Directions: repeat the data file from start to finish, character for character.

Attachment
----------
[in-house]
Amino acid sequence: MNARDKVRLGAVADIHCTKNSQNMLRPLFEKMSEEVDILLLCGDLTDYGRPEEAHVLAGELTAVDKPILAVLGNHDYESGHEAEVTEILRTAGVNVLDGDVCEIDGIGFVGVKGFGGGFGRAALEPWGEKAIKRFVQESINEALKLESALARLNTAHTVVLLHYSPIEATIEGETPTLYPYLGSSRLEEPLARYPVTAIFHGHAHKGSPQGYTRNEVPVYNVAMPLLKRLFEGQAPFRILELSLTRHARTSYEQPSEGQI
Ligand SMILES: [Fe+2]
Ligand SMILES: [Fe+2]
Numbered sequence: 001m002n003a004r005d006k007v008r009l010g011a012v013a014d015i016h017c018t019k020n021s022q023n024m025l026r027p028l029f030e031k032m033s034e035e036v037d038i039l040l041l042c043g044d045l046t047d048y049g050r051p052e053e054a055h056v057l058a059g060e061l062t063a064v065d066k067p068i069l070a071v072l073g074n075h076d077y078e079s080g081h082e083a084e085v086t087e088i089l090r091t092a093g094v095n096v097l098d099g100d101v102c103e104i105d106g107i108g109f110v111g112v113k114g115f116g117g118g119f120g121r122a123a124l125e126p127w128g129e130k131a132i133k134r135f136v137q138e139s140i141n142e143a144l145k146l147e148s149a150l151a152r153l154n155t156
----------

[in-house]
Amino acid sequence: MNARDKVRLGAVADIHCTKNSQNMLRPLFEKMSEEVDILLLCGDLTDYGRPEEAHVLAGELTAVDKPILAVLGNHDYESGHEAEVTEILRTAGVNVLDGDVCEIDGIGFVGVKGFGGGFGRAALEPWGEKAIKRFVQESINEALKLESALARLNTAHTVVLLHYSPIEATIEGETPTLYPYLGSSRLEEPLARYPVTAIFHGHAHKGSPQGYTRNEVPVYNVAMPLLKRLFEGQAPFRILELSLTRHARTSYEQPSEGQI
Ligand SMILES: [Fe+2]
Ligand SMILES: [Fe+2]
Numbered sequence: 001m002n003a004r005d006k007v008r009l010g011a012v013a014d015i016h017c018t019k020n021s022q023n024m025l026r027p028l029f030e031k032m033s034e035e036v037d038i039l040l041l042c043g044d045l046t047d048y049g050r051p052e053e054a055h056v057l058a059g060e061l062t063a064v065d066k067p068i069l070a071v072l073g074n075h076d077y078e079s080g081h082e083a084e085v086t087e088i089l090r091t092a093g094v095n096v097l098d099g100d101v102c103e104i105d106g107i108g109f110v111g112v113k114g115f116g117g118g119f120g121r122a123a124l125e126p127w128g129e130k131a132i133k134r135f136v137q138e139s140i141n142e143a144l145k146l147e148s149a150l151a152r153l154n155t156